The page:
What our staff has to say: “I absolutely love Bobbi Humphrey, especially Blacks and Blues, and this record. Mellow, utterly soothing jazz funk. She is an incredible flutist, completely floating but virtuosic at the same time. This record is perfect for strolling down the street on a stifling summer night, or for laying in the park when the temperature’s just right.” – Hannah
Blue Note Classic Vinyl Reissue Series All-Analog 180g Vinyl LP Mastered by Kevin Gray Directly from the Original Master Tapes and Manufactured at Optimal in Germany
Blue Note Records has announced the continuation of the Classic Vinyl Reissue Series which presents 180g vinyl LP reissues in standard packaging mastered by Kevin Gray and manufactured at Optimal. The pressings are all-analog whenever an analog source is available, with Gray mastering directly from the original master tapes. While the first 16 titles of the series focused on the best-known Blue Note classics from the 1950s and 60s, the new run of titles curated by Don Was and Cem Kurosman broadens its scope to span the many eras and styles of the legendary label’s eight-decade history presented by themes: Bebop, Hard Bop, Soul Jazz, Post-Bop, Avant-Garde, The 70s, The Rebirth, and Hidden Gems.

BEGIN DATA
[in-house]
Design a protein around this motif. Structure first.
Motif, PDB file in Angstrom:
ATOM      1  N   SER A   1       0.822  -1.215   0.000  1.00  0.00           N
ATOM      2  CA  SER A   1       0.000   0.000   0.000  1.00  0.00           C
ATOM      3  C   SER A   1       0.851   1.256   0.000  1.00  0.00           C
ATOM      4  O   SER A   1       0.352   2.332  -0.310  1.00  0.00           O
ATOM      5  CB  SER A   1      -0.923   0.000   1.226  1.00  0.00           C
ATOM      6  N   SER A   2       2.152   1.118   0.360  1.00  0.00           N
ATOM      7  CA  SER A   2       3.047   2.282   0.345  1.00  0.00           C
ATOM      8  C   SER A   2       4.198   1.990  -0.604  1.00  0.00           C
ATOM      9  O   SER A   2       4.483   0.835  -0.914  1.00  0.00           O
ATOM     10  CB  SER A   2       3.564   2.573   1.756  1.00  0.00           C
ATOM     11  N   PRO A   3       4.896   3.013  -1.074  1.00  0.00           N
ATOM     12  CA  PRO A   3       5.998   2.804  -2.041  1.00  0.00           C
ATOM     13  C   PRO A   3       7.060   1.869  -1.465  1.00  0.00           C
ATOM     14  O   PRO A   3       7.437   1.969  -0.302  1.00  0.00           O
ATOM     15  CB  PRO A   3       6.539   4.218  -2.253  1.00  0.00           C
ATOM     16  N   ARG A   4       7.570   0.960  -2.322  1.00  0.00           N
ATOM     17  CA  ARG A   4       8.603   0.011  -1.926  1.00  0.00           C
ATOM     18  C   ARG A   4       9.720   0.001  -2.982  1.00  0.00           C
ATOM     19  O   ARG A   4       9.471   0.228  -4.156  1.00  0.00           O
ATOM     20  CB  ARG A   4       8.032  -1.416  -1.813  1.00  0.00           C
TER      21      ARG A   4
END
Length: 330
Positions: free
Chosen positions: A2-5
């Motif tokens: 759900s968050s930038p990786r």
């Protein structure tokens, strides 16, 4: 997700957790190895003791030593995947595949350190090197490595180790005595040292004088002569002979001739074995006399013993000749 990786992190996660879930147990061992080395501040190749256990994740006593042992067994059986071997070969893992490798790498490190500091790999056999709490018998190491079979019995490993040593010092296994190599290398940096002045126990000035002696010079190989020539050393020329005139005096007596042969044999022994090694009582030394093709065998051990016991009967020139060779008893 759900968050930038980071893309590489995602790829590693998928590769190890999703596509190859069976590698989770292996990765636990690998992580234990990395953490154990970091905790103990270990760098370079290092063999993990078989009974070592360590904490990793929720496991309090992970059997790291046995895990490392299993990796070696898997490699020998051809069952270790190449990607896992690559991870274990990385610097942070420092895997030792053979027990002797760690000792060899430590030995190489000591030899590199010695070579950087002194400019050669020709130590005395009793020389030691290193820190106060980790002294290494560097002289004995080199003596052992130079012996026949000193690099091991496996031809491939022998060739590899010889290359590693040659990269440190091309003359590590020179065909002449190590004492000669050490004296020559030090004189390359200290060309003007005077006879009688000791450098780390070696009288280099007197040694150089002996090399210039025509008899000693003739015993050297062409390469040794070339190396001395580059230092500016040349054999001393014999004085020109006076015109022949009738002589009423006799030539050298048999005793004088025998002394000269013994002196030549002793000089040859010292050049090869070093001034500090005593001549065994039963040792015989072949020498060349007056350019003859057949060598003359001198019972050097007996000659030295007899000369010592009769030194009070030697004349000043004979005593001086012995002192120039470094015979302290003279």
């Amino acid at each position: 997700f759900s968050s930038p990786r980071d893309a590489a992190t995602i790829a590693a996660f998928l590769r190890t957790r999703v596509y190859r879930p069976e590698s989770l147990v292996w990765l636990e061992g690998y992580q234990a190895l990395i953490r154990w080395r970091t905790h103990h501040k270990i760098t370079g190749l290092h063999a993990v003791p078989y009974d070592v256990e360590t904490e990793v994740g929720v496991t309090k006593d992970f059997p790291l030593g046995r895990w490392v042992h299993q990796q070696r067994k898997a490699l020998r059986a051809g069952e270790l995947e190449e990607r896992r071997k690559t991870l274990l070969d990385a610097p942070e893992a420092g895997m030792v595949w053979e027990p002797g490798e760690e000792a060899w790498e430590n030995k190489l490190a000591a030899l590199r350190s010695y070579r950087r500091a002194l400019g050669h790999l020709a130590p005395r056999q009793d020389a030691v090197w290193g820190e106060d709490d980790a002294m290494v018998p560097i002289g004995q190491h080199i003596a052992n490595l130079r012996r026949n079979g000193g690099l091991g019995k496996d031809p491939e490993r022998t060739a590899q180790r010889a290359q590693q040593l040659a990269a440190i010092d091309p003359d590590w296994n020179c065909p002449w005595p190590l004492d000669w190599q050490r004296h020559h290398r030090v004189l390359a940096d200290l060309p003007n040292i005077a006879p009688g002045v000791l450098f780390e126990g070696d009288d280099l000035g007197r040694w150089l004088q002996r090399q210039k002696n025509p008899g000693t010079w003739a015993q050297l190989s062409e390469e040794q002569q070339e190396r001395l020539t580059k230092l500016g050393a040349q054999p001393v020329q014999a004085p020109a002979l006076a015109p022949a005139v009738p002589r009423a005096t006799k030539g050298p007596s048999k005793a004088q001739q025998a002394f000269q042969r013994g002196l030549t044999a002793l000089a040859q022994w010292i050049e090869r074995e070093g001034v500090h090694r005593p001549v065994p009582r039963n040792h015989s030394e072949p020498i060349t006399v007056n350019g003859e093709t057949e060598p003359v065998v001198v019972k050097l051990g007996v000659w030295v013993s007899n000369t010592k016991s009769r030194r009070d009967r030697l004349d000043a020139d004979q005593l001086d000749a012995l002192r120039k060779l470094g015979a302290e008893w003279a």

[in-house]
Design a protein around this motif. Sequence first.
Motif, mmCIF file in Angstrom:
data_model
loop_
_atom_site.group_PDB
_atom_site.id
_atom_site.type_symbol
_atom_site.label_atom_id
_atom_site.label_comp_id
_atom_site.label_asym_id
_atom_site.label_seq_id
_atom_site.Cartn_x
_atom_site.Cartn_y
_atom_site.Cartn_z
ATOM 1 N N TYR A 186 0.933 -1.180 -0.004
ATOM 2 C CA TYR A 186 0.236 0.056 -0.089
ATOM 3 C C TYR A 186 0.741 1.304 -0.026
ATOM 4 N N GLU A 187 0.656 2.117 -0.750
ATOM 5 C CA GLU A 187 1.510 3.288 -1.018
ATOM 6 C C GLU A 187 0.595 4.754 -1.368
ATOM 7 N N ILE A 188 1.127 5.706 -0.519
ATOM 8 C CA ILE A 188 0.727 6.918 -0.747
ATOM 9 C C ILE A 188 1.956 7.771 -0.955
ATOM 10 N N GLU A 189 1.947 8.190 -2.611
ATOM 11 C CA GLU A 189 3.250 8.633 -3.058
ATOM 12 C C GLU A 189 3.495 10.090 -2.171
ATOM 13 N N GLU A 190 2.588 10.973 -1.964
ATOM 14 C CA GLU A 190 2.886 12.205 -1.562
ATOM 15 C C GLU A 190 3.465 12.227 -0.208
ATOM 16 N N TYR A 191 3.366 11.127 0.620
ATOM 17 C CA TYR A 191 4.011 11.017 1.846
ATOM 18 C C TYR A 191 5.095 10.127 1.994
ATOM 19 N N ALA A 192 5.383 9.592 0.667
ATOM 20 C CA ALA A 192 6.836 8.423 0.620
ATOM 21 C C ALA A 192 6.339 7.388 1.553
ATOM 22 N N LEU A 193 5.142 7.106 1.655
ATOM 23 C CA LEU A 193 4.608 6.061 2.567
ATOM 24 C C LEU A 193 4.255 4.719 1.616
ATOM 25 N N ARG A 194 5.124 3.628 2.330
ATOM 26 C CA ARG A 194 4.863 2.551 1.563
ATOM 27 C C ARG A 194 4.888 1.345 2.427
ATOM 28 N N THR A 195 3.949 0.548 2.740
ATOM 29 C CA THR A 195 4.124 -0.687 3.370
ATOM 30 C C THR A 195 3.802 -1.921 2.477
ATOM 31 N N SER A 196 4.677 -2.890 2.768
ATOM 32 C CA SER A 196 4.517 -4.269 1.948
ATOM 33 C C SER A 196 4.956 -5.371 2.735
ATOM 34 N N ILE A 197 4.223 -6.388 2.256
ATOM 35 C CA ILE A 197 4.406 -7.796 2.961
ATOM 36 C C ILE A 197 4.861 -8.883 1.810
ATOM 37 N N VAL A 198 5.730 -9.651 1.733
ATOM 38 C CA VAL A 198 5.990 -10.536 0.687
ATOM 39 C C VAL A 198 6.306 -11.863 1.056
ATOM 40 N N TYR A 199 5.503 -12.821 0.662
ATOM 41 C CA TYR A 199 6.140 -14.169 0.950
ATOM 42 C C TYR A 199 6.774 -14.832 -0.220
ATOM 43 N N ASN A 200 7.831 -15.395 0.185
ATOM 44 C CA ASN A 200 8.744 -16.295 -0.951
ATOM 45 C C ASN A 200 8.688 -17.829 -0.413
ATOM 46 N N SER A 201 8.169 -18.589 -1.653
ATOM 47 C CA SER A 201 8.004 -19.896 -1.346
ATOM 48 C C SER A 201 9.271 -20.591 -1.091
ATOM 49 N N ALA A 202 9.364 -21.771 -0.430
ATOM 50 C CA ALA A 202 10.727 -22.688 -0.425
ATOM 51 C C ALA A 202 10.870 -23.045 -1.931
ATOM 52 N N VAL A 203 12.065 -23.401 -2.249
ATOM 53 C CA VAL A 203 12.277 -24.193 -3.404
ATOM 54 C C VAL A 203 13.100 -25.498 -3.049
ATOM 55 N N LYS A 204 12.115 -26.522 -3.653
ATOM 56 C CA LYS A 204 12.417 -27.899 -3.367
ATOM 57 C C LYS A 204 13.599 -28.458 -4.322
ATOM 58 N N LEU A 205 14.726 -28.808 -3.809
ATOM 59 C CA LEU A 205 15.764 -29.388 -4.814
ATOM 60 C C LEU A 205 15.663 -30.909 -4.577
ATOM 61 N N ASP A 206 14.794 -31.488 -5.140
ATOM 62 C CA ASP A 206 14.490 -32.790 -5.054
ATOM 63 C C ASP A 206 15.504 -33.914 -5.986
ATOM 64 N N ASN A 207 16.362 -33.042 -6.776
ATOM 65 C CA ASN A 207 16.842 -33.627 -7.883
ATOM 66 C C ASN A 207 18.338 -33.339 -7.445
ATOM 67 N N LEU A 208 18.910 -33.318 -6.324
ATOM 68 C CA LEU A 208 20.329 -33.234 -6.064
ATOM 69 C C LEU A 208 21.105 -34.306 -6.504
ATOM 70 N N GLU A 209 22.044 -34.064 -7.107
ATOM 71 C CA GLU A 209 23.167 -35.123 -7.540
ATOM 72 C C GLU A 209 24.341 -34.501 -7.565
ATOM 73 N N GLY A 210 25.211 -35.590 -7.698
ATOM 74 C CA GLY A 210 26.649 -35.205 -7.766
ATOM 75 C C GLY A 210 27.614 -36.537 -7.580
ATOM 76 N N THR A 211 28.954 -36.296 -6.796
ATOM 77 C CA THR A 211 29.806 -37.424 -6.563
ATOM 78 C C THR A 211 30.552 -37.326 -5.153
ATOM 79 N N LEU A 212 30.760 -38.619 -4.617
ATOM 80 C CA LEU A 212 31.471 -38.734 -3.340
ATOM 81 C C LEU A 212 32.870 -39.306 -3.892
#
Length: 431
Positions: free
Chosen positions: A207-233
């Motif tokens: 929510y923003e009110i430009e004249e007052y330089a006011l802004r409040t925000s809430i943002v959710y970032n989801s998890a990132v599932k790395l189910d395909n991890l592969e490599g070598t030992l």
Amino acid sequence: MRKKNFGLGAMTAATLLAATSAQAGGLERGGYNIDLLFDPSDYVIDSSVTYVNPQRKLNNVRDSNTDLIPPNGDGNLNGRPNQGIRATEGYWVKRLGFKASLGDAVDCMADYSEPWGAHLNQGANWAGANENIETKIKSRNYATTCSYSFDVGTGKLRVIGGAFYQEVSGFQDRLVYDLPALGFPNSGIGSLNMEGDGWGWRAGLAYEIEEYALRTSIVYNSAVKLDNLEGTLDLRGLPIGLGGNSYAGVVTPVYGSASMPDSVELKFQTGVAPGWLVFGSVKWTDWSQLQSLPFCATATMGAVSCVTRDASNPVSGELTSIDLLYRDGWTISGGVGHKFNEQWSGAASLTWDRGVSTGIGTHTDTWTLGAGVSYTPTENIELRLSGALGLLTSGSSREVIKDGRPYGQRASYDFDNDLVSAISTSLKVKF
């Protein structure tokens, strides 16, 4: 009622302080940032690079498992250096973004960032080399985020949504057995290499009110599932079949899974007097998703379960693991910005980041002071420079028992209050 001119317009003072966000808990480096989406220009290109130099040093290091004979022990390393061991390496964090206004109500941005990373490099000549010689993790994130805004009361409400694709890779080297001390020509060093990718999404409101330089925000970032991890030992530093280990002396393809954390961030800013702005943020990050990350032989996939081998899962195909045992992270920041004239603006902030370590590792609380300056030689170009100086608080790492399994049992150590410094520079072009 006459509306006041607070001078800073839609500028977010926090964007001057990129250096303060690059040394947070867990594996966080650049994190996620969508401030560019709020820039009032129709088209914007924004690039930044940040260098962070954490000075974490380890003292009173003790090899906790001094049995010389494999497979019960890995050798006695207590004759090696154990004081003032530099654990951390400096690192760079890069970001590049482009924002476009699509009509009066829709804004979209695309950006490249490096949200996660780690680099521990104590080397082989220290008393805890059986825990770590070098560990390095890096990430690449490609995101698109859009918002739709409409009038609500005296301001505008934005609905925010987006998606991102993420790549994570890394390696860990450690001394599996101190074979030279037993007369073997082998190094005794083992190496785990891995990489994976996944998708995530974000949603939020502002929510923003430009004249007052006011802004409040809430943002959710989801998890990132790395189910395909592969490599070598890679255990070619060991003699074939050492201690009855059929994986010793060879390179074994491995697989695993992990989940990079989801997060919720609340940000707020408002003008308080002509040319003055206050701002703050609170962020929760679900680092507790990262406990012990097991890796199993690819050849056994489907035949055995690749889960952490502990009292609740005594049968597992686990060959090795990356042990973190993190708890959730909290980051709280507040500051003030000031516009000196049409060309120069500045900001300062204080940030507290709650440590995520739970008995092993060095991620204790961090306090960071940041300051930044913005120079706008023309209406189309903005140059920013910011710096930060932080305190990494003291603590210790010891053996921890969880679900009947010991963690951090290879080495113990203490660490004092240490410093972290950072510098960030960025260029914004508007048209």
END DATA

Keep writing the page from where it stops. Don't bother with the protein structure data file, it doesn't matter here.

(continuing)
Bobbi Humphrey was one of the most prominent stars on the Blue Note roster of the 1970s. The flutist debuted on the label in 1971 with Flute In¸ the first in a run of six creative and highly enjoyable albums. On her breakout 1973 album Blacks and Blues, Humphrey hooked up with the forward-thinking producer Larry Mizell to create a jazz-funk classic that expanded her audience. It proved to be a winning combination, and the two joined forces again on Satin Doll the following year.
Their third and final collaboration would be on the great 1975 album Fancy Dancer. Humphrey’s alluring flute dances through vibrant and ingenious arrangements by Larry and Fonce Mizell that skillfully wove together a broad range of influences from across the spectrum of black music. The set featured standout tracks like the Latin grooves of “Uno Esta,” the laid-back jam “You Make Me Feel So Good,” and the album’s expansive closer “Please Set Me At Ease,” which the innovative hip hop beatmaker Madlib memorably remade on his 2003 Blue Note remix album Shades Of Blue.